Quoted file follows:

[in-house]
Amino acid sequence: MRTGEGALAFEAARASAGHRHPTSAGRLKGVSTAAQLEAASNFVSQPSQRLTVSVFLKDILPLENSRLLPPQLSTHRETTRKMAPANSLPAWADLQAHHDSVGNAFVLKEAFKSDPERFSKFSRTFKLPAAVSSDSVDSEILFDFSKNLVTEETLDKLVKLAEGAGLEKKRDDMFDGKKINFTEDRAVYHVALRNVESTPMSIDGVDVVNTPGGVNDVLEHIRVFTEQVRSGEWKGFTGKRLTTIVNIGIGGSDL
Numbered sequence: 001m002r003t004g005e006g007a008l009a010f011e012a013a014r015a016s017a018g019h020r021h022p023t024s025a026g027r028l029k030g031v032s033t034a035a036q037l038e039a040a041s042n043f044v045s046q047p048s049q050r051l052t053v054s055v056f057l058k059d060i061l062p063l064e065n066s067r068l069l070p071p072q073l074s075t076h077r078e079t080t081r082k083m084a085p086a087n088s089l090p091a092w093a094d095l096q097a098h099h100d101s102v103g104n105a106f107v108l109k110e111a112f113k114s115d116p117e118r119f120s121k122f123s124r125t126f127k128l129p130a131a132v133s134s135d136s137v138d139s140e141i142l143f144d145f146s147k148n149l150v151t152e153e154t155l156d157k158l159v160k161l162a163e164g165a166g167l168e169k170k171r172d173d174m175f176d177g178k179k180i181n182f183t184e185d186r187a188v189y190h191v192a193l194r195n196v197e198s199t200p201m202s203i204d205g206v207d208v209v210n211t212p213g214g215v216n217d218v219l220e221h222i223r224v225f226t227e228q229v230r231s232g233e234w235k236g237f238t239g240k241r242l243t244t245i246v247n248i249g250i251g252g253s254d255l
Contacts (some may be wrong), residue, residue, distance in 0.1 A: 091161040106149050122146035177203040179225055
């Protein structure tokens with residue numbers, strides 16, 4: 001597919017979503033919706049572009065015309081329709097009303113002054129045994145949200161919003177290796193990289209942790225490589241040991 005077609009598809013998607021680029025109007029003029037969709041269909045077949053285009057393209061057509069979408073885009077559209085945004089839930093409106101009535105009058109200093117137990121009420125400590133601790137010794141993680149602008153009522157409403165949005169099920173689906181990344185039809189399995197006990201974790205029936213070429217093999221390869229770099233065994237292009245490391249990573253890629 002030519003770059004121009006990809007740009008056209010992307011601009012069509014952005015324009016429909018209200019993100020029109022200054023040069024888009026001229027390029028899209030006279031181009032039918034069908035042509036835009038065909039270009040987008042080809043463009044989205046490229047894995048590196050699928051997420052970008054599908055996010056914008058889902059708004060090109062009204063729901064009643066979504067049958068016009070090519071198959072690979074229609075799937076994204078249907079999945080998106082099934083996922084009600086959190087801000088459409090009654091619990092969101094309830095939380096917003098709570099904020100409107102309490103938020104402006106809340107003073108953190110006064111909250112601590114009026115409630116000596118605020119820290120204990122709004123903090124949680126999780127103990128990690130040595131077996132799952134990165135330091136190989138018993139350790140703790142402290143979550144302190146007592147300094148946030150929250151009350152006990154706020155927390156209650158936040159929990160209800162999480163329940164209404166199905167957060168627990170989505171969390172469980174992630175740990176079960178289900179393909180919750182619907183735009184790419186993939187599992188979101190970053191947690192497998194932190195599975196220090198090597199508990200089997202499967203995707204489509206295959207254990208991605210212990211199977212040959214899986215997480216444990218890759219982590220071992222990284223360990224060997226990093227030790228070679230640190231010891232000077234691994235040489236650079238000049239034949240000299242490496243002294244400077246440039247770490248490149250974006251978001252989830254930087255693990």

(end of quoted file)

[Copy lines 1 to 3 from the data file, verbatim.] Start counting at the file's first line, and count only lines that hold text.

[in-house]
Amino acid sequence: MRTGEGALAFEAARASAGHRHPTSAGRLKGVSTAAQLEAASNFVSQPSQRLTVSVFLKDILPLENSRLLPPQLSTHRETTRKMAPANSLPAWADLQAHHDSVGNAFVLKEAFKSDPERFSKFSRTFKLPAAVSSDSVDSEILFDFSKNLVTEETLDKLVKLAEGAGLEKKRDDMFDGKKINFTEDRAVYHVALRNVESTPMSIDGVDVVNTPGGVNDVLEHIRVFTEQVRSGEWKGFTGKRLTTIVNIGIGGSDL
Numbered sequence: 001m002r003t004g005e006g007a008l009a010f011e012a013a014r015a016s017a018g019h020r021h022p023t024s025a026g027r028l029k030g031v032s033t034a035a036q037l038e039a040a041s042n043f044v045s046q047p048s049q050r051l052t053v054s055v056f057l058k059d060i061l062p063l064e065n066s067r068l069l070p071p072q073l074s075t076h077r078e079t080t081r082k083m084a085p086a087n088s089l090p091a092w093a094d095l096q097a098h099h100d101s102v103g104n105a106f107v108l109k110e111a112f113k114s115d116p117e118r119f120s121k122f123s124r125t126f127k128l129p130a131a132v133s134s135d136s137v138d139s140e141i142l143f144d145f146s147k148n149l150v151t152e153e154t155l156d157k158l159v160k161l162a163e164g165a166g167l168e169k170k171r172d173d174m175f176d177g178k179k180i181n182f183t184e185d186r187a188v189y190h191v192a193l194r195n196v197e198s199t200p201m202s203i204d205g206v207d208v209v210n211t212p213g214g215v216n217d218v219l220e221h222i223r224v225f226t227e228q229v230r231s232g233e234w235k236g237f238t239g240k241r242l243t244t245i246v247n248i249g250i251g252g253s254d255l